A Giant Leap For MankindT. SHER SINGH
Sunday, August 26, 2012
It was an event which held the awe of men, women and children around the globe: on July 20, 1969, Neil Armstrong became the first man to step on the moon surface.
Neil Armstrong, that brave pioneer who performed the extraordinary feat, in conjunction with his colleagues, died yesterday, at the age of 82.
I don’t believe the impact of what he did was fully captured by the much-quoted words coined by a talented copy-writer and uttered by Armstrong as he stepped down on the moon's soil: “That's one small step for man, one giant leap for mankind."
I think that single act changed us seminally as a species. Not unlike what Charles Darwin had done a century and a decade before, with his publication of “On The Origin Of The Species.”
Yes, I see both as representing two unique turning points in the history of human evolution in modern times, unlike anything else I can think of. But for different reasons and in different ways, the two of them.
Darwin’s tome began the process of freeing us from the age-old literalizing of the poetry and mythology that we had inherited from our religious leaders during the last four or five millennia. One by one, wild claims by priests and pundits of every ilk crumbled and turned into dust. The line between mythology and reality, between legend and history, became clear.
No doubt, there are still people around who are still struggling to grapple with that fundamental change in our knowledge, but are straggling along, slow but sure, towards reality. Darwin left no room for a reversal of the process he had begun.
And we as humanity are the better for it.
That brings me to Armstrong’s feat 110 years later.
It was a turning point in space exploration, they tell us. Indeed, scientists have made huge strides forwards into the unknown, gathering new bits and pieces of information, constantly readjusting what we think we know about the universe.
Sure, we’ve landed man-made objects on other heavenly bodies since, each retrieving for us more data. We keep on stretching our arms further.
All we’ve proved, I’m afraid - not meaning to take away even a bit from the extraordinary strides so far - is, in Einstein’s own words, how little we know. In fact, the further we make inroads into the great unknown, the more clear it becomes to us how infinitesimally small and insignificant we are.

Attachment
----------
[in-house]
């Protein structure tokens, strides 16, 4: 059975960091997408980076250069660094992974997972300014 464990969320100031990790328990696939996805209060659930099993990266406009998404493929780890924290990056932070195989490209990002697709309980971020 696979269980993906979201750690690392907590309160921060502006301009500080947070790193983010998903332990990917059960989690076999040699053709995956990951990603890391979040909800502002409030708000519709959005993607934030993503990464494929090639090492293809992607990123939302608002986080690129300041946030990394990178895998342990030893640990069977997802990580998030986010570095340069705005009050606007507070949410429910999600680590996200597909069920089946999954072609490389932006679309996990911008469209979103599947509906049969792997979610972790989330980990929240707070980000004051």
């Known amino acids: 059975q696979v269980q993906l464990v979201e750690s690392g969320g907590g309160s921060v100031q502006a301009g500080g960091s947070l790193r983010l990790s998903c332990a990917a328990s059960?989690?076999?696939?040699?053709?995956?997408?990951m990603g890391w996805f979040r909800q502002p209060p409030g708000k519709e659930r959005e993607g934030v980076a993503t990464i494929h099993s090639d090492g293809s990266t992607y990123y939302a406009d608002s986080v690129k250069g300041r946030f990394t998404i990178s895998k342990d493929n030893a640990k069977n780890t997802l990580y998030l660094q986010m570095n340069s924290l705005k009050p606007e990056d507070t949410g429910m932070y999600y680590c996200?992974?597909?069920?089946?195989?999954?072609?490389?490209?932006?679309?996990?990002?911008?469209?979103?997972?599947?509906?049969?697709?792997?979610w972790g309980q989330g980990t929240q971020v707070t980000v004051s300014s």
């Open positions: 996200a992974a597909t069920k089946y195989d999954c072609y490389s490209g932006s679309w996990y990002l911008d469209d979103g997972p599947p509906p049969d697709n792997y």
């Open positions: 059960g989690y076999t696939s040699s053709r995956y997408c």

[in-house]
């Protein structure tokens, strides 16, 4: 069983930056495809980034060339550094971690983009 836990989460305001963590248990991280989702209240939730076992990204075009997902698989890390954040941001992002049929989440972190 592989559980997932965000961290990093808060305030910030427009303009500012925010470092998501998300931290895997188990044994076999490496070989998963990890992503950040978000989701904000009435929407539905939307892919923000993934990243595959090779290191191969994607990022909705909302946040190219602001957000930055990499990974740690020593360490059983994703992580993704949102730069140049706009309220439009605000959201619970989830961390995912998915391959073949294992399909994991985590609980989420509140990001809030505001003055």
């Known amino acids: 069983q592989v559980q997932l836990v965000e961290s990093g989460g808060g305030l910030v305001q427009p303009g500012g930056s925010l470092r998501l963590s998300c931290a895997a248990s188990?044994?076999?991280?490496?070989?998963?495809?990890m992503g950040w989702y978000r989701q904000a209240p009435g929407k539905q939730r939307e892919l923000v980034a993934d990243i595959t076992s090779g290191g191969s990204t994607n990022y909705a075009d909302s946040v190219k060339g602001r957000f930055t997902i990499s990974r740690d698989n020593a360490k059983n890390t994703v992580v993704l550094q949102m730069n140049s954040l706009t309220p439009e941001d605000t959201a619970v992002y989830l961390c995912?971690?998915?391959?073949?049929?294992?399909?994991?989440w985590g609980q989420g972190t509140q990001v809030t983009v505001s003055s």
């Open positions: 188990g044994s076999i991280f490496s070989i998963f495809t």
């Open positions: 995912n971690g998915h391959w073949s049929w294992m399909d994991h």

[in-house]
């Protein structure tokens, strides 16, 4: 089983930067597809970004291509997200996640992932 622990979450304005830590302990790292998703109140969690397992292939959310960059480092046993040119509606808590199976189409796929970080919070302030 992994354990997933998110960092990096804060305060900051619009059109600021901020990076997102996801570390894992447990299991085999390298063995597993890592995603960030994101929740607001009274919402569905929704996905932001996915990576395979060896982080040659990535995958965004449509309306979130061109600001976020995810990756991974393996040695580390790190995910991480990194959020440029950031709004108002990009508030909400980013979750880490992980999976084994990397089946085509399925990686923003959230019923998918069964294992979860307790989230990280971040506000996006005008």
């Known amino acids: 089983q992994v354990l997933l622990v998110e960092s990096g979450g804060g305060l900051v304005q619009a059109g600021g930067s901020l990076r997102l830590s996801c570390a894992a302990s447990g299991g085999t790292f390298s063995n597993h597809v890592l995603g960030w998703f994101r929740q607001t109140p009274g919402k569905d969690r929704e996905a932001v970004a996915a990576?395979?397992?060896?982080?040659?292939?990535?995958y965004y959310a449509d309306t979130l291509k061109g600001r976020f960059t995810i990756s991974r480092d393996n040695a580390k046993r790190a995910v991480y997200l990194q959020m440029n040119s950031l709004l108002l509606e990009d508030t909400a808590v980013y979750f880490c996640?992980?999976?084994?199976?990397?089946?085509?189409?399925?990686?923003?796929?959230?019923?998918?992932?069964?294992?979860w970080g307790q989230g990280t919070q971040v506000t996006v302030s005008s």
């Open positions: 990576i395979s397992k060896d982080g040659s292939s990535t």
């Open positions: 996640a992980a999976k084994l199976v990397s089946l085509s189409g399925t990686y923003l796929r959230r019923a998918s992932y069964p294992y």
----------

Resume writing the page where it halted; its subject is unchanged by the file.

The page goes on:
Here’s one way of looking at it: this so called “God particle“ that we “discovered” the other day. Compare its size with that of the universe as we know it, and that’s about the proportion of the size of the universe as we know it, compared to the real size of the universe that’s really out there.
That, in scientific terms, despite our ostentations, translates into: we are nothing, we know nothing, that we are insignificant in the larger scheme of things.
That’s all we know. We don’t know enough beyond that to be able to come to any further conclusions from that bit of hard fact. Such as the meaning of life, for example.
So what exactly has Armstrong done for us?
I remember when news of the moon landing broke for us in Patna and India. There was no television around then in a perennially primitive India. It was the morning newspapers that gave us the tidings.
It was summertime. Though the rainy season had begun, we still slept on the roof-top at night when the weather permitted it.
I remember looking up at the sky each night thereafter, at the moon as it flitted between clouds. It didn’t take me long to realize - I was about to outgrow my teens then - that the moon looked different now.
Actually, I wasn’t even looking at the moon any more. It was the stars that began to intrigue my imagination. Which one would be next, when another man would land on it. And then another, on another. What would they find? What would it all mean for us back here on earth?
It wasn’t a question of ‘if’ any more. Only ’what’ and ’when’ and ‘where’. And ’how’.